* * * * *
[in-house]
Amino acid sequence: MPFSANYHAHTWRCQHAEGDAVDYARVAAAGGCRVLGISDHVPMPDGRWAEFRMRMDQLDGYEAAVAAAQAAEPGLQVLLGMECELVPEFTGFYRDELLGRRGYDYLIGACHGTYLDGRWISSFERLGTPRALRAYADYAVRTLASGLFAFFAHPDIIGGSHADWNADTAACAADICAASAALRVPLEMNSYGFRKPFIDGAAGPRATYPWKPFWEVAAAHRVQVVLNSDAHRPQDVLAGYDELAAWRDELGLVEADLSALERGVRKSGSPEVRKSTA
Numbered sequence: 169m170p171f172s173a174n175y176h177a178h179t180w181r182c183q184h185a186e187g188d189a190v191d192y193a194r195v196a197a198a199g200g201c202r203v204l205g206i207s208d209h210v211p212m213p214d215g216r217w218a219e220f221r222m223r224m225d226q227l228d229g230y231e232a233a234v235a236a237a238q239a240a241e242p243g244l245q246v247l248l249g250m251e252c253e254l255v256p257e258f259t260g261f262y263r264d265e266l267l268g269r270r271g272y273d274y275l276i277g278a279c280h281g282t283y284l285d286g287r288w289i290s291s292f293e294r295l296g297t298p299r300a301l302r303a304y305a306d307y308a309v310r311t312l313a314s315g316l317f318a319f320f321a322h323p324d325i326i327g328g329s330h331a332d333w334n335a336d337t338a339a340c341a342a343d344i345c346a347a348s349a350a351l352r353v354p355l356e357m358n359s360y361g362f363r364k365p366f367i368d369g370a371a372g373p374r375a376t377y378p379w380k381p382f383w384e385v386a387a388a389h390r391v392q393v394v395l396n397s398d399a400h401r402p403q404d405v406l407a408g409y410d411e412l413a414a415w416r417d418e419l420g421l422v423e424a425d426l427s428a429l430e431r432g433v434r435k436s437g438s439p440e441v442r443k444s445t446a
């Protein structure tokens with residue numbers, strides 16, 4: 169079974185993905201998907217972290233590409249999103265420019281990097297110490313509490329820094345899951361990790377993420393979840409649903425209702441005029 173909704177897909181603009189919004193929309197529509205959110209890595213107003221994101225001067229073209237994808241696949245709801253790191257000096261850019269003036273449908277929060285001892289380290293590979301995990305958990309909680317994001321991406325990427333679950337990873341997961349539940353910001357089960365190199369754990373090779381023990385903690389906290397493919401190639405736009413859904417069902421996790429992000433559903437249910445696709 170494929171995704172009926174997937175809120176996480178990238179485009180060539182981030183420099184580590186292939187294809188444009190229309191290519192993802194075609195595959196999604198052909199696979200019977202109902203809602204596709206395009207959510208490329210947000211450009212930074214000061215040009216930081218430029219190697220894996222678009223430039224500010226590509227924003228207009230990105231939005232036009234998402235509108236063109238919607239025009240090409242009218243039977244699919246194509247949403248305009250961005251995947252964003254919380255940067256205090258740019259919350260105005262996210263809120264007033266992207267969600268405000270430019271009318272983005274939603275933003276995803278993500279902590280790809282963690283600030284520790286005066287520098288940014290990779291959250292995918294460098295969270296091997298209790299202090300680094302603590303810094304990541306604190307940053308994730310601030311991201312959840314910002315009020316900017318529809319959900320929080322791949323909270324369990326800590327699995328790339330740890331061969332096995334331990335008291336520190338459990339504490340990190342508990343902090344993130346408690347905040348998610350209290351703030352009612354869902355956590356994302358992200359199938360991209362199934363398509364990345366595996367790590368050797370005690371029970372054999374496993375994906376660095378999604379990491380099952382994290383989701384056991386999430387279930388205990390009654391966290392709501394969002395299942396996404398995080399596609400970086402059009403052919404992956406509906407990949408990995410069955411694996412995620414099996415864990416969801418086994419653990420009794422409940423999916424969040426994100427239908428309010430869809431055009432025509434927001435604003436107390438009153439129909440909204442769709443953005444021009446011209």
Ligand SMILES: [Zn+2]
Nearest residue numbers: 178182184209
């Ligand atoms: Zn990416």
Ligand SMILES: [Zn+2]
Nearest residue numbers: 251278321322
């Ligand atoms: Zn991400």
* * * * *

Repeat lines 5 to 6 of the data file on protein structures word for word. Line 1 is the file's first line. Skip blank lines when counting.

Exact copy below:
Ligand SMILES: [Zn+2]
Nearest residue numbers: 178182184209